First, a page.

Companies have been warned that they will face court action and potentially unlimited fines if they fail to comply with gender pay gap reporting requirements.
The warning comes from the UK’s Equality and Human Rights Commission just ten days from the 4 April deadline for businesses and charities. Public sector bodies face a cut-off date of Friday this week (30 March).
Reports estimate there may be as many as 5,000 companies still to comply with the requirements, which ask companies with more than 250 employees to reveal their gender pay gaps in published reports.
Rebecca Hilsenrath, chief executive of the Equality and Human Rights Commission, said: “Employers with 250 or more staff still have time to report their gender pay gap. The clock is ticking and with just 10 days to go, those who haven’t reported really are entering the last chance saloon.
“This is not optional; it is the law and we will be fully enforcing against all companies that do not report.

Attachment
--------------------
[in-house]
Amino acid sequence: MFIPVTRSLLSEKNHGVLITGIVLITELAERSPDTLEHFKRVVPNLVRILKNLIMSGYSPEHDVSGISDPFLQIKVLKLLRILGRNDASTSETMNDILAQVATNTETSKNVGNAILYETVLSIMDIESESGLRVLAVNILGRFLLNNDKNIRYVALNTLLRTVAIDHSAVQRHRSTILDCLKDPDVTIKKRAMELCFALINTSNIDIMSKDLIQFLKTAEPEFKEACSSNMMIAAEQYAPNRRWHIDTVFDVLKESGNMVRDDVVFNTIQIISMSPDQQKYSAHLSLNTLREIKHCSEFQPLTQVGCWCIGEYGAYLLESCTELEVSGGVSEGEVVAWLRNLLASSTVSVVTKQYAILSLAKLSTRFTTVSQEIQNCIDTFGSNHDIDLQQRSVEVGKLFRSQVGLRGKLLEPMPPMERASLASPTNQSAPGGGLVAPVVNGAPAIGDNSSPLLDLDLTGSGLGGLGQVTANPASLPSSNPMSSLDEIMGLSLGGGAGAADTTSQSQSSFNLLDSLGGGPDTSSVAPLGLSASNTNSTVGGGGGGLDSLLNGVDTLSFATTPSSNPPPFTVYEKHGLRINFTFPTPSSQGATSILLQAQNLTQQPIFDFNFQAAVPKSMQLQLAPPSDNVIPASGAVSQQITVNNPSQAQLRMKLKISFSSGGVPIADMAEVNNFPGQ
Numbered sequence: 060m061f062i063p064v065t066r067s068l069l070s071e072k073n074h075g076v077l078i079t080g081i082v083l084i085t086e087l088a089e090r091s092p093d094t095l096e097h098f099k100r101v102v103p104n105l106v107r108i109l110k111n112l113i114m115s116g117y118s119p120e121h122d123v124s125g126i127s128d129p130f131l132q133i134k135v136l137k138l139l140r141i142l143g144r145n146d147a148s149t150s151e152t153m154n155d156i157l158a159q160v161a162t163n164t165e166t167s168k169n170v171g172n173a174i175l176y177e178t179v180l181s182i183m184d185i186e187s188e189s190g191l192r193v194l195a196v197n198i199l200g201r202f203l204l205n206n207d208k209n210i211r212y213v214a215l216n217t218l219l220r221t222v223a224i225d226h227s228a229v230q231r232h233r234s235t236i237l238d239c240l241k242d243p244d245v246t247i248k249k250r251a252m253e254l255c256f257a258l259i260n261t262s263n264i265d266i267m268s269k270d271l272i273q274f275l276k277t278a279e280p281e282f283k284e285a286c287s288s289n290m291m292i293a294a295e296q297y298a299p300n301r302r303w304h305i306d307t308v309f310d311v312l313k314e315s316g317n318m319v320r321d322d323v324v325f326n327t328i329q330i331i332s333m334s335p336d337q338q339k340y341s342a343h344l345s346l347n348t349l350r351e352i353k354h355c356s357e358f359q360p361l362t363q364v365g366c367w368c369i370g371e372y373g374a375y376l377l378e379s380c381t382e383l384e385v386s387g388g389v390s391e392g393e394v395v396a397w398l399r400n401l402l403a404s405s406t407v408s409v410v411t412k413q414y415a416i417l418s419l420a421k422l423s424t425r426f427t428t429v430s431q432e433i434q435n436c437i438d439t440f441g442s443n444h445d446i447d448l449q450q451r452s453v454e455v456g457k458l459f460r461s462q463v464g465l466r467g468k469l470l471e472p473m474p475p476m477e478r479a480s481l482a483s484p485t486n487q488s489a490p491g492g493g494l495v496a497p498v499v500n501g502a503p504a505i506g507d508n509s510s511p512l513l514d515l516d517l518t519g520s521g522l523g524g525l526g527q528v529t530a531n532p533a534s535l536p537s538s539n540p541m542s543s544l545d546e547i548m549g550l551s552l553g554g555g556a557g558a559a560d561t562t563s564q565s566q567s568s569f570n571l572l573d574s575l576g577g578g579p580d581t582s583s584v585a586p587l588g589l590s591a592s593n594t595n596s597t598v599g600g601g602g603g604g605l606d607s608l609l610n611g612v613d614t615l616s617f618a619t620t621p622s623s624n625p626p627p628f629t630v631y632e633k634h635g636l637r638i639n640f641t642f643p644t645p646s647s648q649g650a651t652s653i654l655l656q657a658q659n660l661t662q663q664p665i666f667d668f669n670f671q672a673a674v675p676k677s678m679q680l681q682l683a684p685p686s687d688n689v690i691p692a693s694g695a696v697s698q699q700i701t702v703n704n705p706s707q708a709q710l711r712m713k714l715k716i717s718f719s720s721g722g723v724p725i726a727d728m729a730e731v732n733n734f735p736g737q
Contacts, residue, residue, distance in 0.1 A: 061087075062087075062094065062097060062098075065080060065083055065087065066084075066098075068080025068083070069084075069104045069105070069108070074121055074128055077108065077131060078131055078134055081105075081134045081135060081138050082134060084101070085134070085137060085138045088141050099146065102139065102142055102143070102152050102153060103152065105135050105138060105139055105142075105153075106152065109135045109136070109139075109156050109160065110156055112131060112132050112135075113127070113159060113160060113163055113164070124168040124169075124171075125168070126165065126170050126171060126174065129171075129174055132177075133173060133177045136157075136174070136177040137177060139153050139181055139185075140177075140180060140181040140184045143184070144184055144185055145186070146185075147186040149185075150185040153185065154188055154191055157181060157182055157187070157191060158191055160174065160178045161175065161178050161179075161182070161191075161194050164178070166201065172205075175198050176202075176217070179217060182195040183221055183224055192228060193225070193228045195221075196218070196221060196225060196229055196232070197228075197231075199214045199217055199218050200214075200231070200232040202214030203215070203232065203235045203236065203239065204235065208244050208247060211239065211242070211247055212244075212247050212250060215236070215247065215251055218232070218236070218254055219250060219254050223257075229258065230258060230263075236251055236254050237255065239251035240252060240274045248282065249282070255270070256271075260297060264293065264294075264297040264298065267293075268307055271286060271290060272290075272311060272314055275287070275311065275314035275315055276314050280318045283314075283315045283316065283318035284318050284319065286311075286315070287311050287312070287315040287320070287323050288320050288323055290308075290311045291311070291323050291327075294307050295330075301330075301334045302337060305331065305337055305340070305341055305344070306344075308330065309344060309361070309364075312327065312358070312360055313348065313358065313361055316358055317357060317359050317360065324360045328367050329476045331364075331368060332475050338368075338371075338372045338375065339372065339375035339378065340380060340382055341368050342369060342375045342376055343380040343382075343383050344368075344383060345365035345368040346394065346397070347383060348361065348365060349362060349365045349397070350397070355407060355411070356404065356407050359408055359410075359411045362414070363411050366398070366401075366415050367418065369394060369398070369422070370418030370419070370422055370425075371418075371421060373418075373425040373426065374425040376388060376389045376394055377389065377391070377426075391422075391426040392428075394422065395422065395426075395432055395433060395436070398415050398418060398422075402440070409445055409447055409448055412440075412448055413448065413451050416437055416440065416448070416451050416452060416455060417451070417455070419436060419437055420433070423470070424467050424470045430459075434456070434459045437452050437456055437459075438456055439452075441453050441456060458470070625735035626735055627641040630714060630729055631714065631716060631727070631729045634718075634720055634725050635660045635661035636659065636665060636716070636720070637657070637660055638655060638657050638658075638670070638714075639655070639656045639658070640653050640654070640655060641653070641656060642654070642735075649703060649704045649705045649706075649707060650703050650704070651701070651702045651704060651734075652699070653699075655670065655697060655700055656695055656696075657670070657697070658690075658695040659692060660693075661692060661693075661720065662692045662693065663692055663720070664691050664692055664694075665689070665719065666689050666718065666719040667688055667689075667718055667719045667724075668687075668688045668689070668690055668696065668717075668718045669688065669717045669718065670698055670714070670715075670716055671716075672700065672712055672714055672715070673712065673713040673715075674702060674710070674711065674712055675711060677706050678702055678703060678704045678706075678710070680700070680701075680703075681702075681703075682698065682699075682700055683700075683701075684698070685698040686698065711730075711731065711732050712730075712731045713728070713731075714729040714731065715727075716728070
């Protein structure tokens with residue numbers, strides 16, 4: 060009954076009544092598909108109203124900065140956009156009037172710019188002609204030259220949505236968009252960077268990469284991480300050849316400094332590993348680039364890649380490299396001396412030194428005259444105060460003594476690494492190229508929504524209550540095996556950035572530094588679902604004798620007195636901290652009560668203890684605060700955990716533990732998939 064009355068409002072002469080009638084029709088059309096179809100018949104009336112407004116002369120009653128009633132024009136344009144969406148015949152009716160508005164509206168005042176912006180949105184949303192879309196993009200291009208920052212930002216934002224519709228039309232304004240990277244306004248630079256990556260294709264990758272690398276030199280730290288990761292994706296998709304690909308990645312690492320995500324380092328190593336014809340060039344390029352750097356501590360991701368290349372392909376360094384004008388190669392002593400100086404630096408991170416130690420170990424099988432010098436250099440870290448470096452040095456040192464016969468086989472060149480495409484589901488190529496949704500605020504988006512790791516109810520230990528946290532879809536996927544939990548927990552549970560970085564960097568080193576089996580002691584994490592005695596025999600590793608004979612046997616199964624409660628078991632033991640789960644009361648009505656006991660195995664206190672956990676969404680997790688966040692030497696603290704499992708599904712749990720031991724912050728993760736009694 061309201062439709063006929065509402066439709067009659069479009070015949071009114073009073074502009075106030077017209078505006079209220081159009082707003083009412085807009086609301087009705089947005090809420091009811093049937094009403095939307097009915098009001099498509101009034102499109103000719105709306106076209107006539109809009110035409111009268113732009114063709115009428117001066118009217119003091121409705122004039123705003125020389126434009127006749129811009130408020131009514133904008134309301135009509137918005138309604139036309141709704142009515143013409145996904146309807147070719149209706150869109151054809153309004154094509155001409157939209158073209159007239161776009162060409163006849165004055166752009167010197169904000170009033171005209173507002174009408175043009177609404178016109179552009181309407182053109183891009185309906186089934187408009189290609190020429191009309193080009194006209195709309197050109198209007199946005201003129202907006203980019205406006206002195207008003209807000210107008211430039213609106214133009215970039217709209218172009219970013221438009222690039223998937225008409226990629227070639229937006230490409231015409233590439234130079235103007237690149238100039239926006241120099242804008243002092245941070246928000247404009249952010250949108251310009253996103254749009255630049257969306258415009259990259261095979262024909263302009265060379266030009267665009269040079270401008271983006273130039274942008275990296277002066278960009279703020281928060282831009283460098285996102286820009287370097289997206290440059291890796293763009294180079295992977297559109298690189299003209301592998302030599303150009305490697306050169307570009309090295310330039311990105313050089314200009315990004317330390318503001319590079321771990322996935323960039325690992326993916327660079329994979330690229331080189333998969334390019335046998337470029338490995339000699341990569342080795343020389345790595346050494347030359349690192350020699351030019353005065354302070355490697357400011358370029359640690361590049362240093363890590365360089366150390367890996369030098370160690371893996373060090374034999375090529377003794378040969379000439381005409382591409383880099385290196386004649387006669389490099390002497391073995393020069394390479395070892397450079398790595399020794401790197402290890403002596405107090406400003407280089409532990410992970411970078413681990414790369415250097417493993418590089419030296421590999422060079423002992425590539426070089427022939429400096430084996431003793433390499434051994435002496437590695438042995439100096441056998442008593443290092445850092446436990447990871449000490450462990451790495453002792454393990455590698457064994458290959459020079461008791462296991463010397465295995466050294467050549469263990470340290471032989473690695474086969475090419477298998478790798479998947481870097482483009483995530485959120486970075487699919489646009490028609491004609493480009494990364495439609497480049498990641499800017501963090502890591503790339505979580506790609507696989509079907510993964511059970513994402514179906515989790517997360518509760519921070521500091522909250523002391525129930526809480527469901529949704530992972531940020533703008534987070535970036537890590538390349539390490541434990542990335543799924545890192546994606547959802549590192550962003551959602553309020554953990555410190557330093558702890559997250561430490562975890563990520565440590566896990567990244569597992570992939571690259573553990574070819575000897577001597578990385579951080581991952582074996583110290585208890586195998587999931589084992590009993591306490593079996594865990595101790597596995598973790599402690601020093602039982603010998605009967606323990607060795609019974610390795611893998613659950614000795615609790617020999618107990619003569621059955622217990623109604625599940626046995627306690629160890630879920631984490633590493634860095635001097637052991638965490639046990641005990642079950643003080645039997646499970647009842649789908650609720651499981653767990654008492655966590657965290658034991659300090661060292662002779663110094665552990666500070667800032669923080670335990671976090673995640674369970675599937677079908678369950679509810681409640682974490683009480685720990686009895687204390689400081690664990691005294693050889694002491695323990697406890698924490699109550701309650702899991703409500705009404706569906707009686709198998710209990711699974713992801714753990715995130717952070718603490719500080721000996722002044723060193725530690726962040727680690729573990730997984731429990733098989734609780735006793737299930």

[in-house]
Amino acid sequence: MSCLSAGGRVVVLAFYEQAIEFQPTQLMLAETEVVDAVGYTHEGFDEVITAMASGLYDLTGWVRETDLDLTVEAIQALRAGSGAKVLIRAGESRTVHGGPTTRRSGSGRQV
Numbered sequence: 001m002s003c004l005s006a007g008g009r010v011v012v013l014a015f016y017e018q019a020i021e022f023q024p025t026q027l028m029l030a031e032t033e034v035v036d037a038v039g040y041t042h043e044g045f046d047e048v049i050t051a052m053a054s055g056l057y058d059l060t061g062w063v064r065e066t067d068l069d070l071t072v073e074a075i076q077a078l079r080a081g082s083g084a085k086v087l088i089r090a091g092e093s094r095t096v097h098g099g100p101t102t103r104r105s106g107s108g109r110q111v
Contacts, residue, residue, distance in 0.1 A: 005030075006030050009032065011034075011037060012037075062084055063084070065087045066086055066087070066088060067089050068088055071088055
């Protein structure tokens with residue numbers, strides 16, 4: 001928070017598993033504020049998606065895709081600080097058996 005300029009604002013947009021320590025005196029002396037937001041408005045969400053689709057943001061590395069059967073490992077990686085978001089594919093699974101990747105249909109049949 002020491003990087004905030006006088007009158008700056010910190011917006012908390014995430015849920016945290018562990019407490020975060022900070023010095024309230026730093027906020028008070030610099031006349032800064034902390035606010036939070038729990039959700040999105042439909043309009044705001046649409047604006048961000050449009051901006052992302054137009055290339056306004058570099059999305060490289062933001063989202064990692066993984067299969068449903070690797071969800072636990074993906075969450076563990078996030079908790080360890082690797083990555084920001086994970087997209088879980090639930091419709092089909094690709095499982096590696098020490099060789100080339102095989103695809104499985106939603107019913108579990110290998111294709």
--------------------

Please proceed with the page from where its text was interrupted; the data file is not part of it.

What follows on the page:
“This legislation is in place to bring about better gender equality in the workplace and any employer not complying needs to ask themselves tough questions, re-think their priorities, be prepared for serious reputational damage, and be ready to face a very unhappy workforce.”
Once the deadline passes, the commission will send letters to companies on 9 April, giving them 28 days to comply with the law before an investigation takes place and an “unlawful act notice” is issued.
Jemima Olchawski, head of policy and insight at the Fawcett Society, a charity that campaigns for gender equality, said: “The gender pay gap represents a productivity gap. It’s bad for women who lose out on potential earnings and career opportunities but also bad for businesses who are failing to properly recruit, promote and reward women.
“Pay gap reporting is an opportunity to look at the data, understand the cause and nature of the gap in an organisation and develop a plan to close it.
“McKinsey estimate that the UK could add £150bn to GDP if we improve performance on gender balance in the workplace—so employers really can’t afford not to act.”